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P0jahn

Largest square that fit inside a circle

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P0jahn    307

I have a circle. The only known information I have about this circle is the radius.

I want to calculate the width/height of the largest square that fits inside this circle.

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C0lumbo    4411

I think the answer is that the side of the squares are (radius * root2) = 1.414213 * radius.

 

I suck at showing working, but the trick was to imagine the right-angled triangle made where the radius at 45-degrees is the hypotenuse, and the other two sides represent half the square edge length.

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P0jahn    307

Thanks for the help.

Although I have to apologize for not understanding your anwser.

 

I have a 2nd question that is related to this:
How do I calculate the position of the unknown position?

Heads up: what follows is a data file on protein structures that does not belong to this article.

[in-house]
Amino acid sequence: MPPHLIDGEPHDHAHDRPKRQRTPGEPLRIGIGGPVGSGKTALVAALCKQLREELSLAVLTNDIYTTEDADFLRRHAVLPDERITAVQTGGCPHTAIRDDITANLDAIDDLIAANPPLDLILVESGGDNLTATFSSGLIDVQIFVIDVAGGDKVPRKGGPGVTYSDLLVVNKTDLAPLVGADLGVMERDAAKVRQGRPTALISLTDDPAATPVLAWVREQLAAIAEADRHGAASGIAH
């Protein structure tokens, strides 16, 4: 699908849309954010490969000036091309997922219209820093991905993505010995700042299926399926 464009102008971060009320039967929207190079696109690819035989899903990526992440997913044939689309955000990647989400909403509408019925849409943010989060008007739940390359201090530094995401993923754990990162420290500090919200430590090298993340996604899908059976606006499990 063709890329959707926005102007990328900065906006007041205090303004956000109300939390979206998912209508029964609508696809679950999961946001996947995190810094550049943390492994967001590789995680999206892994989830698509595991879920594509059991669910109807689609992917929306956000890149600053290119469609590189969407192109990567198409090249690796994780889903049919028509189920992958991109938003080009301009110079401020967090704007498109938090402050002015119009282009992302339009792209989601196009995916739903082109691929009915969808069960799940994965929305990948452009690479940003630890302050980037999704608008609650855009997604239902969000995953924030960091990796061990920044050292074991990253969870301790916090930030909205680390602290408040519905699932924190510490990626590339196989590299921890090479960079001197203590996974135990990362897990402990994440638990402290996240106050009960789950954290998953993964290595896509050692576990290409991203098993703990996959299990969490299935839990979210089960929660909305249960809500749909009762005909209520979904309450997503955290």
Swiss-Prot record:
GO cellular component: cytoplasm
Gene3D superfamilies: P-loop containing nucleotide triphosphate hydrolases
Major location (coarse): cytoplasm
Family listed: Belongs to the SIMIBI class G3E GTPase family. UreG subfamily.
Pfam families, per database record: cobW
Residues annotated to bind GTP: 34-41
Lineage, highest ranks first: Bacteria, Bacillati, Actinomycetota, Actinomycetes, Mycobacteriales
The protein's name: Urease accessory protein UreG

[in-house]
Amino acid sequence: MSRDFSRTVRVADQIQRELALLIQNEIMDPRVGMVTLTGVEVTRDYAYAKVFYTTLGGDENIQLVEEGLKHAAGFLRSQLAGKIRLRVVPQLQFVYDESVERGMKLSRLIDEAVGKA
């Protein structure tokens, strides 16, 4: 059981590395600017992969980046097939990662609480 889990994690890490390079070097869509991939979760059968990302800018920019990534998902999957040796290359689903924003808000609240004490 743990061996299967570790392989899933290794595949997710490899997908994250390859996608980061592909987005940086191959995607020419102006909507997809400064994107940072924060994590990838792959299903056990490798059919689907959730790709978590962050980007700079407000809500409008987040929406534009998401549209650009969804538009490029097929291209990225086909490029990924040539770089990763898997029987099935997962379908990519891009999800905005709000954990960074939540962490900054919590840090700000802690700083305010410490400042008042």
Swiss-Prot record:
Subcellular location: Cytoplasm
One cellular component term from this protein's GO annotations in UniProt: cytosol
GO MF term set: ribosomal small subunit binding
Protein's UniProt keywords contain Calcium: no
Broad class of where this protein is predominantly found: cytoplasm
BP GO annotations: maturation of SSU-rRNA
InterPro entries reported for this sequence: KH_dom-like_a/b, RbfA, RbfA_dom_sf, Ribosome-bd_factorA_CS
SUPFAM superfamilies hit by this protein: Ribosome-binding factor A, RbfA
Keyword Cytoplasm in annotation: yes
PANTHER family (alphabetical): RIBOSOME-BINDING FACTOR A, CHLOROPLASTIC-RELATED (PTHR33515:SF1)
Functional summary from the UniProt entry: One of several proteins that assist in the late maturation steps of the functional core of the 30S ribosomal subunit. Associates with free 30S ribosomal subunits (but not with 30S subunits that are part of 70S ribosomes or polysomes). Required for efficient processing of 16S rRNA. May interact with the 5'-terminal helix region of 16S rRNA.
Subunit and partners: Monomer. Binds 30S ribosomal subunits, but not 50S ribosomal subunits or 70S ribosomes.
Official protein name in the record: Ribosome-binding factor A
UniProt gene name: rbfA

[attachment=14316:question2.png]

Edited by P0jahn

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SimonForsman    7642

Thanks for the help.
Although I have to apologize for not understanding your anwser.
 
I have a 2nd question that is related to this:
How do I calculate the position of the unknown position?
attachicon.gifquestion2.png

the center of the square would be at:
cx = 200+radius
yy = 120-radius

your unknown corner is then located at:

ux = cx + cos(3PI/4) * radius
uy = cy + sin(3PI/4) * radius

http://www.mathsisfun.com/geometry/images/circle-unit-radians.gif

The length of the side of the square is 2 * cos(3PI/4) * radius Edited by SimonForsman

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Michael Tanczos    5681

Thanks for the help.

Although I have to apologize for not understanding your anwser.

 

I have a 2nd question that is related to this:
How do I calculate the position of the unknown position?

attachicon.gifquestion2.png

 

You need to take the square you want to create and split it into two triangles along the diagonal.   This diagonal would be the same as the diameter of the circle.  To figure out the sides you just need the quadratic equation: a2 + b2 = c2 .    Well c2 is the diameter.. that much should be known.. and both sides will be equal.  So a2 = b2, making it sufficient to change the equation to 2a2 = c2.. or basically side = sqrt(diameter2 / 2).  Or in terms of the radius, side = sqrt(2r2)

 

Or as C0lumbo reduced it even further:

side = sqrt(2) * r

side = 1.414213 * r

Edited by Michael Tanczos

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